Then, fiber slowly began to be deployed. With good speeds, and a
permanence of presence, fiber finally began to penetrate urban areas.
with high costs of deployment, somewhat costly maintenance, fiber was
relatlively expensive for residential use.
So, you say, what happened to those areas NOT covered by DSL and fiber?
Some had nothing other than dialup. Wireless providers grew
the early and middle part of the decade. No license costs, almost no
regulation, and the advent of inexpensive and relatively fast wireless
equipment and technologies made wireless a bright star. It, too,
had moderate infrastructure costs, and it did not cover everywhere.
Satellite was a somewhat less than stellar, but very universally
version of broadband. Performance issues kept it from being much
the "last available alternative".
From a small business advocacy perspective, Wireless was the key.
could get into the business, the cost of deployment varied dramatically
a couple normal paychecks, to millions of dollars, and so it became a
star for small business, in the communications sector.
How this changed? Well, that's a subject of debate. Some say it was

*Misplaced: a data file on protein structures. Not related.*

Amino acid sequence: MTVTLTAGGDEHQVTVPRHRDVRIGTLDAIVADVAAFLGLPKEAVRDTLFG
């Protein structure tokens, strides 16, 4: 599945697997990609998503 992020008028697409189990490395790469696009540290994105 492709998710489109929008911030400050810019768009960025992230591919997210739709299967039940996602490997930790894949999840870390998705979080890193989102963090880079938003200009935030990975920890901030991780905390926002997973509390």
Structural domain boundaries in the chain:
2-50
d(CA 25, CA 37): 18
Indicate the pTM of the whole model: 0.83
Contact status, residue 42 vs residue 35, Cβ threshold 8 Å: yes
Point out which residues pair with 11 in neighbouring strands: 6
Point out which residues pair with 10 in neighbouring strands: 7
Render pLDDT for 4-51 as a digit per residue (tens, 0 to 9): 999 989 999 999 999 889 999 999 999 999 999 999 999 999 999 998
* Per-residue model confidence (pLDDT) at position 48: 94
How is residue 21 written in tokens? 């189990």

inevitable "maturing". I disagree. Many industries "mature" and
vibrant mix of both small and large operators. In this case, it was a
of regulation and some interesting moves by industry and politics.
First, regulators moved to regulate Internet services. WISP's began
lobby the FCC for spectrum, the kind required to offer near universal
services. They won this battle. Almost. They won, with late 2006
by the FCC that granted sub 1Ghz spectrum for the provision of
services. With over 150Mhz of spectrum available, the industry was
ecstatic. But with an intenst lobbying by a coalition of telephone
companies, cellular companies, and equipment manufacturers - with the
operators of each being Verizon, SBC, Motorola, and joined by Microsoft
a group of WiMax producers and even the ARRL, intense pressure and the
specter of a lot of lawsuits prompted the FCC to reverse its decision,